Garry Hughes has welcomed the prospect of helping to heal the rifts at Canterbury, 16 years after his controversial sacking following the club's Coffs Harbour scandal, declaring: "It's always been my club".
Hughes is one of the candidates sounded out to fill the void at board level after directors Lynne Anderson, Paul Dunn and John Ballesty quit on Wednesday. Their decision ends the need for an extraordinary general meeting, which had been called by a bloc of disgruntled members to oust the trio.
Garry Hughes is poised to return to the Bulldogs.Credit:Kate Geraghty
Hughes said he was grateful for the Anderson apology that ended the family's rift with the club.
"I was pretty strong on the fact that whilst the players deserved a big kick in the backside, they hadn't done anything legally wrong," he said of the 2004 Coffs Harbour scandal.
"My thoughts at the time were we should do what all good clubs do, stick together.
"But we chose not to. There were a few principles that were important to us. We didn't just throw our life memberships back just for the sake of it, we gave a lot of thought to it.
"For Lynne to rectify that – we always said right from the start was if they thought they'd made a mistake, to put their hand up and say they'd made a mistake.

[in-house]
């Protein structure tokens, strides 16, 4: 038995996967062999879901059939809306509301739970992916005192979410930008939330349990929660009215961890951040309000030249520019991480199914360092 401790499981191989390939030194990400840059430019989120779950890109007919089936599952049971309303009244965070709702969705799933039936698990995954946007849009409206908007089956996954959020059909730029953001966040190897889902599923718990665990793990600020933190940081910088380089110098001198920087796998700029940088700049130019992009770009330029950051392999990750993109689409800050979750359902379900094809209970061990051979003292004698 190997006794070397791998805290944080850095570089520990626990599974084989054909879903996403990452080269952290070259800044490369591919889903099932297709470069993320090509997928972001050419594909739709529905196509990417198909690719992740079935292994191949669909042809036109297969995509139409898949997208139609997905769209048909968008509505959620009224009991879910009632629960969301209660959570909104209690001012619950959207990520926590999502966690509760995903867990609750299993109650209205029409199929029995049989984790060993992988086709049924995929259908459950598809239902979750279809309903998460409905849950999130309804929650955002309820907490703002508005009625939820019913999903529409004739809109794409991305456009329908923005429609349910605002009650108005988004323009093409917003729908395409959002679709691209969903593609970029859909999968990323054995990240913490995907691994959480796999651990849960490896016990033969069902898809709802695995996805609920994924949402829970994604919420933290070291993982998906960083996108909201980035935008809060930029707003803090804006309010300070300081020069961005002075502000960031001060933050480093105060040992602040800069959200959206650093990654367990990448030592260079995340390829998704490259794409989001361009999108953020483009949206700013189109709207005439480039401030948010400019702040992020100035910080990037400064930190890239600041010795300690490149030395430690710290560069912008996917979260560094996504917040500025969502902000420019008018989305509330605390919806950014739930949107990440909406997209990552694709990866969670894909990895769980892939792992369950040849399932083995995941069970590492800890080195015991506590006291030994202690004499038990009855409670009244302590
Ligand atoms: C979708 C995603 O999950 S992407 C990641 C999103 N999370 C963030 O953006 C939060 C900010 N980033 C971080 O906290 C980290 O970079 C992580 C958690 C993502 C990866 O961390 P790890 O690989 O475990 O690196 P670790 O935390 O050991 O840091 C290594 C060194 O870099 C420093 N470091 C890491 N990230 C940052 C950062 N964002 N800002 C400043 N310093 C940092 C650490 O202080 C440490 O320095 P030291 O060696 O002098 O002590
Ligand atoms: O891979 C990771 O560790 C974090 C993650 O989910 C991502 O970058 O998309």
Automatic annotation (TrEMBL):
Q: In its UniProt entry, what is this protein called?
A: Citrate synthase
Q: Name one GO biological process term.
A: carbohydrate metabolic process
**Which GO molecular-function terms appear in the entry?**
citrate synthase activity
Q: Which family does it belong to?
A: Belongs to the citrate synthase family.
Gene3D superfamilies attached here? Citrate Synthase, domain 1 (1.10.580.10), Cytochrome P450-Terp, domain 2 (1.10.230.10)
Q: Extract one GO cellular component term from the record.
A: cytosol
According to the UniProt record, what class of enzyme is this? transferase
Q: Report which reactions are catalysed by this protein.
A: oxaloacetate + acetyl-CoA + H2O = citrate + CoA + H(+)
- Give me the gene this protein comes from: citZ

"She and her board were prepared to do that, we accepted it and we moved on."
Arthur Laundy, the boss of Bulldogs major sponsor Laundy Hotels, had threatened to sever ties with the club if the boardroom battles had any impact on his growing influence at Belmore. However, Laundy has welcomed the prospect of Hughes returning to the fold.
"Arthur is like me, we both grew up in the Canterbury-Bankstown area," Hughes said."I had a little involvement with Arthur close to 15 years ago when he and a good mate, Jeff Robinson, got a team off the ground called the Chester Hill Rhinos, who played in the old Metropolitan Cup.
"He's got the Bulldogs at heart, he's got the local community at heart. I think he's going to be good for the Bulldogs."
It has been a dismal year for Canterbury, the team finishing 15th on the ladder and were regularly in the headlines for off-field incidents. The club has seemingly been at war with itself as factions fight for control of the boardroom.
Hughes is hoping that will soon end.
"Definitely. Everybody knows that in even the best families, you're going to have a disagreement," he said. "As long as you handle disagreements the right way, stick together and move on, that's hopefully what we can do in the future."
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